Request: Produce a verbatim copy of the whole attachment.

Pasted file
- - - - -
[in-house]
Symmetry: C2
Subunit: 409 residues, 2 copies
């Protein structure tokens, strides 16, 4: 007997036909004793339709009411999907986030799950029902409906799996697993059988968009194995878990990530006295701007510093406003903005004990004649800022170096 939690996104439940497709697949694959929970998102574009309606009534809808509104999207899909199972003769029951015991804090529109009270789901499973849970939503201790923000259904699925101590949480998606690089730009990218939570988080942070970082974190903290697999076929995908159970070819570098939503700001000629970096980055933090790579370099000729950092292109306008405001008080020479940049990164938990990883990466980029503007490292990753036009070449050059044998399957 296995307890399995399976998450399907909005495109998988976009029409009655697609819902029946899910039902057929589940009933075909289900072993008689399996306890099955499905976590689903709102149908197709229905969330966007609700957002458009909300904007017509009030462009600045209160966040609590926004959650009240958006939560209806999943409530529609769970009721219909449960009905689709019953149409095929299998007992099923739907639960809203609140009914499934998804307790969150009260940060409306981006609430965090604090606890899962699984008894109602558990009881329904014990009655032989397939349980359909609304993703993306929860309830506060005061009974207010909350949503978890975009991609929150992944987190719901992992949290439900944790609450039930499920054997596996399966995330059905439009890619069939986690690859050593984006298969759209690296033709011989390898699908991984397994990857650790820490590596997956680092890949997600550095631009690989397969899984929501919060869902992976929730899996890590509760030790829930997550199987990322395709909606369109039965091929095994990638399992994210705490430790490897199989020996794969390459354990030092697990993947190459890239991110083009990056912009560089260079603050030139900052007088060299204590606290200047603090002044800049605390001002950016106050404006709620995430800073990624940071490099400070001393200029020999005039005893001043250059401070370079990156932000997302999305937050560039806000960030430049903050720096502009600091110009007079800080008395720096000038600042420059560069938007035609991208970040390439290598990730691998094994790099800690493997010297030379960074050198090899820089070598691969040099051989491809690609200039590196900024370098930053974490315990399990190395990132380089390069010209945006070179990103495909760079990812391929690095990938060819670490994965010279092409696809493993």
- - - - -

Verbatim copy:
[in-house]
Symmetry: C2
Subunit: 409 residues, 2 copies
């Protein structure tokens, strides 16, 4: 007997036909004793339709009411999907986030799950029902409906799996697993059988968009194995878990990530006295701007510093406003903005004990004649800022170096 939690996104439940497709697949694959929970998102574009309606009534809808509104999207899909199972003769029951015991804090529109009270789901499973849970939503201790923000259904699925101590949480998606690089730009990218939570988080942070970082974190903290697999076929995908159970070819570098939503700001000629970096980055933090790579370099000729950092292109306008405001008080020479940049990164938990990883990466980029503007490292990753036009070449050059044998399957 296995307890399995399976998450399907909005495109998988976009029409009655697609819902029946899910039902057929589940009933075909289900072993008689399996306890099955499905976590689903709102149908197709229905969330966007609700957002458009909300904007017509009030462009600045209160966040609590926004959650009240958006939560209806999943409530529609769970009721219909449960009905689709019953149409095929299998007992099923739907639960809203609140009914499934998804307790969150009260940060409306981006609430965090604090606890899962699984008894109602558990009881329904014990009655032989397939349980359909609304993703993306929860309830506060005061009974207010909350949503978890975009991609929150992944987190719901992992949290439900944790609450039930499920054997596996399966995330059905439009890619069939986690690859050593984006298969759209690296033709011989390898699908991984397994990857650790820490590596997956680092890949997600550095631009690989397969899984929501919060869902992976929730899996890590509760030790829930997550199987990322395709909606369109039965091929095994990638399992994210705490430790490897199989020996794969390459354990030092697990993947190459890239991110083009990056912009560089260079603050030139900052007088060299204590606290200047603090002044800049605390001002950016106050404006709620995430800073990624940071490099400070001393200029020999005039005893001043250059401070370079990156932000997302999305937050560039806000960030430049903050720096502009600091110009007079800080008395720096000038600042420059560069938007035609991208970040390439290598990730691998094994790099800690493997010297030379960074050198090899820089070598691969040099051989491809690609200039590196900024370098930053974490315990399990190395990132380089390069010209945006070179990103495909760079990812391929690095990938060819670490994965010279092409696809493993």